Unless the sequencing is a complete failure (in which case, we wouldn't send the data in the first place), the final consensus will be to run the analysis anyway and see how the results look. Whether you think this is right or wrong, no one ever throws out their samples. Thus, all that FastQC-related discussion in the middle just wasted everyone's time.

We often use this approach as well, and it is the sensible thing to do in many cases. I agree: it is very rare that we throw out the results of a run, unless the sequencing was terrible.

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I agree that you shouldn't trust him (or anyone, really) that the data is good. Do you really need to convince him, though?

I would say the best reason to use FastQC is to be able to have comparable metrics before and after applying various filters (trimming, removing reads, etc.). Even if your colleague is doing excellent QC of the raw reads, he is not checking them at later stages. The best explanation is that you are evaluating your own filters, not double-checking his QC.

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You have made an excellent point, @igor. I completely agree. Having comparable metrics before and after applying different pre-processing methods is an excellent reason of using FastQC. Thank you very much for your answer.

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5.3 years ago

I think that FastQC is a nice tool for graphically displaying various aspects of a library's quality. Several times, when a person was experiencing analysis difficulties, I asked them to post the FastQC output to help diagnose the reasons for the problem. Presumably, if they had used FastQC in the first place, they could have avoided some of the time spent on trying to do the analysis and initially failing.

That said, I don't consider FastQC to be sufficient alone. Here are a few things I find useful in data QC:

1) Insert-size distribution. This may let you know, for example, why the bases in the base-frequency histogram are diverging toward the read end.

2) Synthetic/spike-in contaminant metrics. For example, PhiX, molecular weight markers, etc.

3) Organism-hit metrics. E.g., the results of BLASTing 1000 reads to nt / RefSeq, or mapping all reads to custom databases of known organismal contaminants, such as human when working on non-human genomes.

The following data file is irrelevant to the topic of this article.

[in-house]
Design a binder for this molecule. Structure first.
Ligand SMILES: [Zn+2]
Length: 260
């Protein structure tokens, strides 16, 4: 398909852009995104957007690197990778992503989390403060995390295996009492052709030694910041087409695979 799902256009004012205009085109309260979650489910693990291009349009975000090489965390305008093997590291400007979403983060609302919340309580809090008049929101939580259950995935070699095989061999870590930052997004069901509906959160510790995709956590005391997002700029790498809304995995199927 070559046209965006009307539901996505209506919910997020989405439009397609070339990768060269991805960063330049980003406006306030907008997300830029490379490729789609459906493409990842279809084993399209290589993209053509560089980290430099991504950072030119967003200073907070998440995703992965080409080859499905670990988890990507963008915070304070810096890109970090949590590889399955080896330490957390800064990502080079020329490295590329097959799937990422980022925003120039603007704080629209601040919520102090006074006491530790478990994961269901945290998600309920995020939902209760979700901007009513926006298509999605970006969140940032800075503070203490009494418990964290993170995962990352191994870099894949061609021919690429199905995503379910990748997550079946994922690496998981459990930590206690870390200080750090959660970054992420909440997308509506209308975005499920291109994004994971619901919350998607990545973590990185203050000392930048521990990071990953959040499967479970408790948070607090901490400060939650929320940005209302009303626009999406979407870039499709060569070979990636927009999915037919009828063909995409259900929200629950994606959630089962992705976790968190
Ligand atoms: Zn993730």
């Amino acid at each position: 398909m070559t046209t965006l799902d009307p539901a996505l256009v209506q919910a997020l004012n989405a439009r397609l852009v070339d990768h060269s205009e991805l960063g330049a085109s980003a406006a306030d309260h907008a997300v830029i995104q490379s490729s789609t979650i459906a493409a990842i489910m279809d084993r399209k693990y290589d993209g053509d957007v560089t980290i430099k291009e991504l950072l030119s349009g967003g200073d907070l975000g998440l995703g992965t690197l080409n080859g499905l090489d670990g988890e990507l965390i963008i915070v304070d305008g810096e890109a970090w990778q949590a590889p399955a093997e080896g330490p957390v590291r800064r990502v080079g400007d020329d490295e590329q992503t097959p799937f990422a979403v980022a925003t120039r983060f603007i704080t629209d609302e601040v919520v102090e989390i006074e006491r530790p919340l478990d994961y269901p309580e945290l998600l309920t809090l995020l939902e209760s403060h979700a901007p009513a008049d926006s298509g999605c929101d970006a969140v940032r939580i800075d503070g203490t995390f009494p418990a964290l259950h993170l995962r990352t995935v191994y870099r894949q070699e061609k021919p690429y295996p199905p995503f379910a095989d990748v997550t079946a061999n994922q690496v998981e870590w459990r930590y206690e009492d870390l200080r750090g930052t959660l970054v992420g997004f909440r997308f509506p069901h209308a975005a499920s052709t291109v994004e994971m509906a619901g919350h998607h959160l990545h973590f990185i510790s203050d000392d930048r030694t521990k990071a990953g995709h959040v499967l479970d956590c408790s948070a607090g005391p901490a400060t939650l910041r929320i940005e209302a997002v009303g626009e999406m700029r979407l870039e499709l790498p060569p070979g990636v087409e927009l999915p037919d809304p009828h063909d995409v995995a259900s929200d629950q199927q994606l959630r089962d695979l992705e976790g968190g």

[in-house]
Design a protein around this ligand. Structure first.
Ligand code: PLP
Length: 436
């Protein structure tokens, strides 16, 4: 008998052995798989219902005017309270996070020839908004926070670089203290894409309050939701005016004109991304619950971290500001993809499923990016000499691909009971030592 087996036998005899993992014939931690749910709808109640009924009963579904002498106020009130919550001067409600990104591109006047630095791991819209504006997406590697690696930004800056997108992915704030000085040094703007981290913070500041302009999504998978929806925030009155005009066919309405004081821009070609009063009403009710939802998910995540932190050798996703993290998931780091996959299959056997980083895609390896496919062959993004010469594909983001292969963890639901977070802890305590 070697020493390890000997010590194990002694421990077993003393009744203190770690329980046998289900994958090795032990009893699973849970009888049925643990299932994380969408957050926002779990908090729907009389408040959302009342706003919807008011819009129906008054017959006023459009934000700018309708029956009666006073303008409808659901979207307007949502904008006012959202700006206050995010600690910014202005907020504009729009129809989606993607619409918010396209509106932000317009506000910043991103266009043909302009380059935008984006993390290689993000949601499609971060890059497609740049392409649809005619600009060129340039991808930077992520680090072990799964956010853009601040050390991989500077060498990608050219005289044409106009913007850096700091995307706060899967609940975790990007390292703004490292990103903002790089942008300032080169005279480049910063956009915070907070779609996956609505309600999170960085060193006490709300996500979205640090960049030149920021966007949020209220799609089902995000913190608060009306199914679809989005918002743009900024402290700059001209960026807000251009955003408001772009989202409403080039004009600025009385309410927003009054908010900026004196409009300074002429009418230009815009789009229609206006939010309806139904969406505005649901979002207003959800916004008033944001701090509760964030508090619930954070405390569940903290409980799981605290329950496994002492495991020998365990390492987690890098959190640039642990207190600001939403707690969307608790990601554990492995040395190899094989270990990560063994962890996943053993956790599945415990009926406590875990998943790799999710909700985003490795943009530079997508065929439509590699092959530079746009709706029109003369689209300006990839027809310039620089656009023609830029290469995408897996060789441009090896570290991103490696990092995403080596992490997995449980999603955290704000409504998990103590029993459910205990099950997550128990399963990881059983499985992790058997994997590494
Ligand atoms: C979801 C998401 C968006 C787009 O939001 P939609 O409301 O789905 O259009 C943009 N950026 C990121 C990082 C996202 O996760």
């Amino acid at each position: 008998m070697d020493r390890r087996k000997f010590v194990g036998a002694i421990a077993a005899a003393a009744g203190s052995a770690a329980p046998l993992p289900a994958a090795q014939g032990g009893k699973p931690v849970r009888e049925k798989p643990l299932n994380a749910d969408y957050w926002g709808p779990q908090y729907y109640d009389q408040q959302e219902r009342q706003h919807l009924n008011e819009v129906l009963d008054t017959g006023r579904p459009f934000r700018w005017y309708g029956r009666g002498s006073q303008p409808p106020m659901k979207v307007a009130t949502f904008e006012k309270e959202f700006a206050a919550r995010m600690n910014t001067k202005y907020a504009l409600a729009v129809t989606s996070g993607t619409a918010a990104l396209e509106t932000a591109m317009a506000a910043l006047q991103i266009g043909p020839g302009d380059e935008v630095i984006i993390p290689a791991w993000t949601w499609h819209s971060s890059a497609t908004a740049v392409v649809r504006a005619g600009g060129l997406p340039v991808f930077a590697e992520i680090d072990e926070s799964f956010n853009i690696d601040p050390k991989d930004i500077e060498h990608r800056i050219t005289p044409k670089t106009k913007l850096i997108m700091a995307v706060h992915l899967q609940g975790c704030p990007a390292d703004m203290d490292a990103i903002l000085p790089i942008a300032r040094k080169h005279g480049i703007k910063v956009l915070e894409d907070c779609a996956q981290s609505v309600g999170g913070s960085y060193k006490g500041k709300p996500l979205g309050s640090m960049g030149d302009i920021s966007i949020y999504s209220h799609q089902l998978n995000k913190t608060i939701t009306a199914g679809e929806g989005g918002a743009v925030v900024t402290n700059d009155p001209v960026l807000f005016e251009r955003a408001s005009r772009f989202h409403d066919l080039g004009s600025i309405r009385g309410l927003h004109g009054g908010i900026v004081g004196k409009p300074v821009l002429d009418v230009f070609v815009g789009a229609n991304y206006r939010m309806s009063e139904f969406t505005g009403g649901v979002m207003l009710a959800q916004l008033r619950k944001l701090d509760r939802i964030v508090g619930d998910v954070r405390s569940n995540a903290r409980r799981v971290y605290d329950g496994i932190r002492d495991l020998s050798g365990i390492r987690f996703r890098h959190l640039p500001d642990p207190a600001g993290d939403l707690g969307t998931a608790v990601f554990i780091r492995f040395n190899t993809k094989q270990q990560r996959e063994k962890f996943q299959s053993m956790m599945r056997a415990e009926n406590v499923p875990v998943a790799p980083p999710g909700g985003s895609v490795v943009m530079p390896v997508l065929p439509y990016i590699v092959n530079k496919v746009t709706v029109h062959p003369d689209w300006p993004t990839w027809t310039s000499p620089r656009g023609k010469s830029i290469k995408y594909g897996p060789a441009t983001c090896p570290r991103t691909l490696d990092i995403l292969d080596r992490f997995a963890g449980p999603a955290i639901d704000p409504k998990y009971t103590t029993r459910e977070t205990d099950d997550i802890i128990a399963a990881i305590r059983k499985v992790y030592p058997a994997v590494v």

2 and 3 will help you spend far less time figuring out why only 80% of your reads map if you already know 18% of your reads are Delftia.

4) True quality metrics. Illumina quality scores are not accurate; to know the quality of the data, you need to look further - e.g., map the reads and count matches/mismatches.

5) Library-complexity metrics. This is situational.

6) Kmer-frequency histogram, GC-content histogram, or even both combined. Along with 2 and 3, this can allow you to spot contamination early and decontaminate before assembling and performing an incorrect analysis.

Because I think these things are important, I've written tools to calculate most of them. They are autogenerated by our pipelines and available as graphs when an analyst wants to look at the library, which saves a lot of time. Some are generated from a random subsample of the reads to save compute time, while others (like how much PhiX or human is present) are generated as a side-effect of removing the artifact when processing all reads.

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@Brian raised most of the points that I was going to make - including the use of his tools in addition to FASTQC :-). SAV only indicates if the data quality are good, and if the sample contains in-register low-complexity sequence such as adapter dimers. It does not detect contamination, or short reads that contain adapter tails (at least until it falls off the adapter ends), or modest poly(A) contamination in RNA-Seq libraries that cause some aligners to spin their wheels for days.

@igor raises a valid point about naïve users freaking out when FASTQC invariably reports kmer content failures (I don't know if I've ever had a library pass that metric), but the issue is easily addressed by forewarning users that it's going to happen.

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Thank you very much for your answer, @Brian Bushnell. I agreee, FASTQC is not sufficient. Thank you very much for the very useful tips that you have provided. Are the tools you are referring to part of BBTools?

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Yes, they are, mostly. To be precise, for Illumina reads, JGI uses:

1) BBDuk for adapter-removal.

2) BBDuk (in a second pass) for synthetic contaminant and PhiX removal, and quality-trimming and filtering.

3) BBMap for removing common microbial contaminants (depends on the pipeline; you may not want to do this for metagenomes, or when intentionally sequencing E.coli).

4) BBMap for removing human, cat, dog, and mouse reads, which are common contaminants (the specific settings are only recommended for non-vertebrate sequencing).

5) BBMerge for insert-size distribution calculation.

6) On the filtered and trimmed reads, subsampled, BLAST versus nt and several other databases for determining contamination levels, and whether the sample is even the correct organism.

JGI does not actually use FastQC, partly because we have proprietary tools that replicate much of its functionality, partly due to NIH syndrome, and partly because it's not perfect. That said, our tools don't replicate all of its functionality, and I think FastQC is quite useful. I will look into the release process for JGI's QC tools, because I really think they would also be useful to the community as a supplement to existing tools like FastQC. BBTools are already available, since I spent a lot of time positively interacting with Berkeley's legal department, but the others are not.